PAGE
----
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    $\begingroup$ @CramerTV A chemical bond doesn't consist of firing electrons back and forth. It's simply the fact that electrons have some energy when they're bonded, and some energy when they're not, and the former is lower. $\endgroup$ – knzhou Dec 1 '18 at 9:52
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    $\begingroup$ @CramerTV Unfortunately, almost every pop science source explains forces in this fake way because it's easier -- the real explanation is just too technical. There is no need for the firing and refiring of photons to be "lossless", because it doesn't actually happen, at all. $\endgroup$ – knzhou Dec 3 '18 at 18:36
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There are various mechanisms that keep solid things together, they all have one thing in common: They reduce energy to a minimum! When you want to break it apart, it costs you energy to do so!

Examples of bonds are:

Hydrogen-Bonds, which are very weak and come from an asymmetry of the electron around the proton, in such a way that it is energetically favourable to form bonds instead of repel each other.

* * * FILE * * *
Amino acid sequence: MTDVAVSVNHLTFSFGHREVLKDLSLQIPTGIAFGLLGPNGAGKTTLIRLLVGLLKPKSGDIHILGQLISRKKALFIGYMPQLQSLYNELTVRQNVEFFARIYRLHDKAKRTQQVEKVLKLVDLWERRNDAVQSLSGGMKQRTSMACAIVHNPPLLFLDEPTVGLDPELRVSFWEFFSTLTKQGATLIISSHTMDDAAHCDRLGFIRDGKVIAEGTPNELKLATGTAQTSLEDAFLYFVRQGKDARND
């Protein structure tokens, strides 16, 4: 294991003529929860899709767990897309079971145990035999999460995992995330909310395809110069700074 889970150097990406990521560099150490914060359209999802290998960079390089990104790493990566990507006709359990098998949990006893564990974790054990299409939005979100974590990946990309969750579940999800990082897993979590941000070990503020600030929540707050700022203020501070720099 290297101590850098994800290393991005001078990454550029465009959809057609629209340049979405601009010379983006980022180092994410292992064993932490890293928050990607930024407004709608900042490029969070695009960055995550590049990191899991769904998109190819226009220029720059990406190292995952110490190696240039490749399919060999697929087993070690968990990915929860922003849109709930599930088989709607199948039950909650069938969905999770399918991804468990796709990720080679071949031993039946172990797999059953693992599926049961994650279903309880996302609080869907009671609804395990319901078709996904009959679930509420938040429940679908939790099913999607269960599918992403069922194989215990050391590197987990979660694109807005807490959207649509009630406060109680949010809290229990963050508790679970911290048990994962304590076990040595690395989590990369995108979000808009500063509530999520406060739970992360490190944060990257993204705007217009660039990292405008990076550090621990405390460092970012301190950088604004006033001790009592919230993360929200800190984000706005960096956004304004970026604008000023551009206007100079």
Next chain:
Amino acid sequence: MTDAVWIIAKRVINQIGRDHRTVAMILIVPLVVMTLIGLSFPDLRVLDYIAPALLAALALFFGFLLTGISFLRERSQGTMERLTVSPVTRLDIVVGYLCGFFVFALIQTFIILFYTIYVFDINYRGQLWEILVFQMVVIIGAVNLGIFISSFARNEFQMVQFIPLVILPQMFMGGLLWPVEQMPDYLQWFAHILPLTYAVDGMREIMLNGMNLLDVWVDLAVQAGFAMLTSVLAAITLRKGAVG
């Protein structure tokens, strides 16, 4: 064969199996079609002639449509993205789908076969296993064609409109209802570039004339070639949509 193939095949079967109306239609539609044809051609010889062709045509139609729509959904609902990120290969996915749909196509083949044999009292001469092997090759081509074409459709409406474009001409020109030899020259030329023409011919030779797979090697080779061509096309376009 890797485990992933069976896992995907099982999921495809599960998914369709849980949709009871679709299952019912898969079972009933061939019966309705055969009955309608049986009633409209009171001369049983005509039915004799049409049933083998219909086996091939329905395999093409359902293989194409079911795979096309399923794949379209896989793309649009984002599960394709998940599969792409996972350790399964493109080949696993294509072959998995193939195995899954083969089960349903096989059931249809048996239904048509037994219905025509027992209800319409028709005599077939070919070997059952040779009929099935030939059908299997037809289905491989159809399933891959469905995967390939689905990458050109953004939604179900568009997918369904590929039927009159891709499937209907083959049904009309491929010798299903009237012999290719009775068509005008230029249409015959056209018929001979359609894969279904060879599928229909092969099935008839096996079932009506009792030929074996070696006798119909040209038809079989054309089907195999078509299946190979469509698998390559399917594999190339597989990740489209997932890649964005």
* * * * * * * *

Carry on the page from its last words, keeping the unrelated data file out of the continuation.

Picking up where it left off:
Ion-bonds, which can be quite strong, but the materials are often recalcitrant (brittle). Materials having ion-bonds are not pure, they are a mixture of two different elements, one positively charged, another negatively charged and they form molecules together, mainly due to the Coulomb force.

There are many more!

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The amount of work done is equal to the distance moved times the force in the direction of motion. As the rock is staying the same shape it does not need to exert energy.

You may be thinking that the rock needs to expend energy in order to hold up its heavy mass in the same way our muscles do if we hold up a heavy weight. But muscles need to contract to lift a heavy weight and this requires continuous activity at the cellular level as explained in the answer to this question.

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Consider an answer by contradiction:

Imagine the rock is in the vacuum of outer space with no energy able to be added to it. Suppose it does use energy to maintain shape. Then at some point, it will run out of energy and the shape will change. Now, since it is out of energy and can't change shape, isn't it now maintaining shape without energy?